Comments on Rebuilding Microsoft
It was an interesting article that addressed the changes that recently appointed chariman Ray Ozzie will be attempting to make as he takes over the largest software company in the world. In June of this year Ozzie was handpicked by now essentially retired founder Bill Gates. The personalities of the two men appear to be quite opposite. Bill Gates led with a ruthless and superior intellect and employees would spend months fearing the presentation of their projects to him. The number of times he said the f-word became the measure of how big a failure your project was. He didn't suffer fools and a meeting with him was a scary prospect.
Ray Ozzie was the creator of Lotus Notes, and more recently developed Groove networks,a company to help office workers collaborate electronically. His company was bought by Miscrosoft in 2005 for $120 million which led to his being chosen by Gates as the new chairman. Since Ozzie developed Notes before he did, Ozzie is one of the few software minds that Gates truly respects and admires.
Ozzie is very soft-spoken, courtly, and reluctant to be put up on a pedestal. He feels that doing so would put him out of touch with his employees. He says that if there is a problem, he prefers to have his developers come in and debug code face-to-face. By having this personal interaction with his employees, Ozzie is able to get a better idea of how things are going in the office, the morale, the rumors, the reality of the work situation.
Two months after being hired, Ozzie was running a committee on how to fight competitors such as Google and soon after that he had a new software development strategy for the entire company. This new strategy involves how to create revenue with new web-based applications, as the era of the desktop in drawing to a close. Smartphones, ipods, and digicams are the mediums with potential for software market growth.
At the moment, Microsoft is losing ground to competitors such as Apple Computer, who control the online music industry and have had a huge surge in sales of Macs and OS-X, and Google, the leading internet search company. Their new operating system, Vista, has suffered huge delays and will not be out until next year. Also, the value of stock options of employees hired since 2000 are a mere fraction of those who were with the company in the 1990's. Competitors are simply not afraid of Microsoft anymore.
However, Microsoft is far from struggling financially, thanks to it's monopolies of Windows and Office, and it's server software business. The cheif executives are just wary of ending up the way IBM did, a company that was the largest in the world in the 1970's only to be brought down by antitrust violations in the time that Microsoft was the young new superstar.
This is why Ozzie emphasizes a new focus on the software-service world, and to reduce the complexity of programs to make the developers job less stifling. The vision is to enable users to have access to their data and applications at any time whether using their PC, laptop, phone, or television, all behaving seamlessly. Ozzie also gives the example of having powerpoint presentations automatically upload to a web address.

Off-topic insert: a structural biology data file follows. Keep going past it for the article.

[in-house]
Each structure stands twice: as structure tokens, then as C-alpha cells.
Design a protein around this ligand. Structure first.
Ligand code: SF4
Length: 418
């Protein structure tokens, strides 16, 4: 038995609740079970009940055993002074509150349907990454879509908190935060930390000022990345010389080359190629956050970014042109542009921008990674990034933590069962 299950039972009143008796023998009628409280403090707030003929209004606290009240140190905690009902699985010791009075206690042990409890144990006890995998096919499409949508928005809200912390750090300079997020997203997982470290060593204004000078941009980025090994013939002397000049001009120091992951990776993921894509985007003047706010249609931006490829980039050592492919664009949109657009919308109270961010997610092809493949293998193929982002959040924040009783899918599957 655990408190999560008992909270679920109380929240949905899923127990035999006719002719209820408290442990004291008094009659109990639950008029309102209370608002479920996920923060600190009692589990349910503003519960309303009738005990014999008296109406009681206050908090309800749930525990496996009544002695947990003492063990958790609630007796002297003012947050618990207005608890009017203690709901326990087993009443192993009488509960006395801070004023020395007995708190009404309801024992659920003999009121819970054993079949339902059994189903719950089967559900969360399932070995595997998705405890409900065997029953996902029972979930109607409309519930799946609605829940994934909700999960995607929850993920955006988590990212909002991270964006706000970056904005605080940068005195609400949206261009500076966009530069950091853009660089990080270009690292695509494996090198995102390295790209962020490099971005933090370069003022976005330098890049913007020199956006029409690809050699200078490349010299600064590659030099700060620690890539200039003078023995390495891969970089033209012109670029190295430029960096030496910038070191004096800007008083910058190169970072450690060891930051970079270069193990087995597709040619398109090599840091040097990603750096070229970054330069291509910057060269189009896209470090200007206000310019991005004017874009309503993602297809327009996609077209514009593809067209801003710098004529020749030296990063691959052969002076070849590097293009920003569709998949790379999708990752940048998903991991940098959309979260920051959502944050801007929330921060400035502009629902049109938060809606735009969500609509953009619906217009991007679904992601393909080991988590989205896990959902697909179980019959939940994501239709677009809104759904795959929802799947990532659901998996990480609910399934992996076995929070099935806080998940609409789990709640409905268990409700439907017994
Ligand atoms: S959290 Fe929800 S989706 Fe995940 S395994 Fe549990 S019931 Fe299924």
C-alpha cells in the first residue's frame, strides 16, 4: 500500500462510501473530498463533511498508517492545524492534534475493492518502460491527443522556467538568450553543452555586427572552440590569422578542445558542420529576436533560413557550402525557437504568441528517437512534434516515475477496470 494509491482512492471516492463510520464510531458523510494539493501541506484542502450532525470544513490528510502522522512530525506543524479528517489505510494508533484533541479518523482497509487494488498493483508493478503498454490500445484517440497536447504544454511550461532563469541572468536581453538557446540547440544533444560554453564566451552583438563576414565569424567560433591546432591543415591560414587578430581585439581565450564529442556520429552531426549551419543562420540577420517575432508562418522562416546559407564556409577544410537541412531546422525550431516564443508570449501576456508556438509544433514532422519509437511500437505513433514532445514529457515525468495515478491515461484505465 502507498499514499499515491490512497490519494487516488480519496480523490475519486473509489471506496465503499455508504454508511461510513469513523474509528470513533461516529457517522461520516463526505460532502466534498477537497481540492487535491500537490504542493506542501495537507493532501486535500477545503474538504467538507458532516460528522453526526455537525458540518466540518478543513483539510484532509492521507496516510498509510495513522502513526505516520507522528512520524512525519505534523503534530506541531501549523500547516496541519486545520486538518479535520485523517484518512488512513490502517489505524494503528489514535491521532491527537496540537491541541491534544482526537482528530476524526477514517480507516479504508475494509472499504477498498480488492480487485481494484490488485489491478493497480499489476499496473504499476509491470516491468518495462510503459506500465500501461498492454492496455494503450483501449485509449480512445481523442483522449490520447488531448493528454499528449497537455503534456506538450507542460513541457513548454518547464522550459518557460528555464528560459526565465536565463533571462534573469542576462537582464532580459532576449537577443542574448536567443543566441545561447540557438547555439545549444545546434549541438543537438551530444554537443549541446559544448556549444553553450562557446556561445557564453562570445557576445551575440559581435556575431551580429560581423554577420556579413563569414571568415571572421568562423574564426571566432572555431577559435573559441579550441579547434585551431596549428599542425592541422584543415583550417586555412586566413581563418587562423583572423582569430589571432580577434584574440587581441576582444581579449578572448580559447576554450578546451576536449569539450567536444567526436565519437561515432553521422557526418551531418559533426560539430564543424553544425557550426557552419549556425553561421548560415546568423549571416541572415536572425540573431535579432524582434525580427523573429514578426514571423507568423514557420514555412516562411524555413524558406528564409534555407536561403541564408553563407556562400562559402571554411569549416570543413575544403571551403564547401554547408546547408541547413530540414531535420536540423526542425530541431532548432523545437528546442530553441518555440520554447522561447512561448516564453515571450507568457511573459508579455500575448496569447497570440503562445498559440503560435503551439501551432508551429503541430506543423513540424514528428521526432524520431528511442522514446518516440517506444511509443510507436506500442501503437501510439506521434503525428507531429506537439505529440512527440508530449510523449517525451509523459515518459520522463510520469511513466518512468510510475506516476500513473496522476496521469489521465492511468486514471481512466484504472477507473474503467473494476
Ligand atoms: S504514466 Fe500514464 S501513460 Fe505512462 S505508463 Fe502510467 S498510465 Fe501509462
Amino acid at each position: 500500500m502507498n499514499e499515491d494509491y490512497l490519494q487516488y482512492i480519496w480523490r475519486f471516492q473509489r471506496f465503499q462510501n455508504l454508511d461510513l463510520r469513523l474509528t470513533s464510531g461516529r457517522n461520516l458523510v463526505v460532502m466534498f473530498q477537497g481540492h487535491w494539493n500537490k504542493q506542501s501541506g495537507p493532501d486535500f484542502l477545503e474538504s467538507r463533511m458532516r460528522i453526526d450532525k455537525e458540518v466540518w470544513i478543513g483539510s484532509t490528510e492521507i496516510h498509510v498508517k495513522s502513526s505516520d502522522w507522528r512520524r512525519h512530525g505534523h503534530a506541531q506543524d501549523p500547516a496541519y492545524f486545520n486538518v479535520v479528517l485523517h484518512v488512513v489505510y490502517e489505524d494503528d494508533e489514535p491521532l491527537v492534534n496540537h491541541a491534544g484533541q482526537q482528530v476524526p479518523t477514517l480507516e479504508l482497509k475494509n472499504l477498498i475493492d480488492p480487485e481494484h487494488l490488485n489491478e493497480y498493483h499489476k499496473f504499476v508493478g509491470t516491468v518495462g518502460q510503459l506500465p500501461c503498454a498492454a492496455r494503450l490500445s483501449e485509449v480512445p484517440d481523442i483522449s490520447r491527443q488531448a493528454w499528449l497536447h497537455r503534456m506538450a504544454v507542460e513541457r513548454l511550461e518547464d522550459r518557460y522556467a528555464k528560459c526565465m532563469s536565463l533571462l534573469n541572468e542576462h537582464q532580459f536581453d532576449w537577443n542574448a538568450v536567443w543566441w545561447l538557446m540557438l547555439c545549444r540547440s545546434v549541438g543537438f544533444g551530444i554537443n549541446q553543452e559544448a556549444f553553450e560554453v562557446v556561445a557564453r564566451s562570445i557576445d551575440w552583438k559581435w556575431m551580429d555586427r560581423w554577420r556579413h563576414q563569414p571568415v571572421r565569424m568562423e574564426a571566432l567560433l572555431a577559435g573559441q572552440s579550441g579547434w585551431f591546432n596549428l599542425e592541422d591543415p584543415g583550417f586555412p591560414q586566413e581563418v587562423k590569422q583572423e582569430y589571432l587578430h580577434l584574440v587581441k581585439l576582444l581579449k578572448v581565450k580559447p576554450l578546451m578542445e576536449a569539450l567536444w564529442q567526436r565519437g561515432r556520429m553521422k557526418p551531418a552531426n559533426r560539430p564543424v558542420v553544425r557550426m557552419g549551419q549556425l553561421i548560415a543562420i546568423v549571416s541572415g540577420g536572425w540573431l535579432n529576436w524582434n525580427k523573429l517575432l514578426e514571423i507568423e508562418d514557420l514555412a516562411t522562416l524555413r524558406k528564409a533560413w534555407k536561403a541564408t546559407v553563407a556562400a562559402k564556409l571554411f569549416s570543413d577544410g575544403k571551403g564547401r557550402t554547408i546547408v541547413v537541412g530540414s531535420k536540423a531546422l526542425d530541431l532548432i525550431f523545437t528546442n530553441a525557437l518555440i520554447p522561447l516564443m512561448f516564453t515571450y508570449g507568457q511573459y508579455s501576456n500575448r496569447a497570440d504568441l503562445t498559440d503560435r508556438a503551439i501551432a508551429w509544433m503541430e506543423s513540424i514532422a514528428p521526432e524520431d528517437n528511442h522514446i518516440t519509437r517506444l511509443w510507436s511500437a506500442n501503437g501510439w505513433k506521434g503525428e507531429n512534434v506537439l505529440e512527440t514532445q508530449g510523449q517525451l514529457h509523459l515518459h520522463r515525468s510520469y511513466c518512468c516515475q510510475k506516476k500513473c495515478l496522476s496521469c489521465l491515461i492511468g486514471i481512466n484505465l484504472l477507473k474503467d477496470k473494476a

Microsoft developers will have to learn to fix software problems while the software is already running, rather like fixing a plane in midflight rather than rolling it into the hanger to be retooled. Ozzie has also announced Windows Live and Office Live, which join X-box Live as Microsofts new internet presence. These groups have produced a lot of new products and services already, much of it already seen on Yahoo! and Google, but also nifty new features like Windows live writer, which simplifes putting anything other than text on a blog. Office Live has a collaboration tool which allows projects to be saved to a server and worked on by more than one person at a time. Ozzie himslef also helped develop Live Clipboard, which he released under a creative commons liscence, (free to use and be improved upon), which allows easy cutting and pasting between various online services. The question remains, will we ever see Word, Excel, or Powerpoint as free ad-supported online services? Microsoft says they're discussing it, but don't expect to see it tomorrow.
As part of Microsofts revamped approach, they have streamlined their corporate structure, made employee bonuses based on individual goals rather than a curve that incouraged laziness. They have introduced better food at the cafeterias and grocery sevice, and have fought harder to prevent employees from jumping to competitors.
I feel it will be tough for Microsoft to become the innovator once again with Google and Apple already confident that the general public sees them as cutting edge. Microsoft is certainly trying to reinvent itself and make amends for past failures, and with new leadership and inferstructure it could be dangerous to doubt them. It will be interesting to see how Windows and Office Live fare, and whether Microsoft will introduce more simple, cheaper software and online services. It is hard to think that they will not find a way to remain a giant in the industry.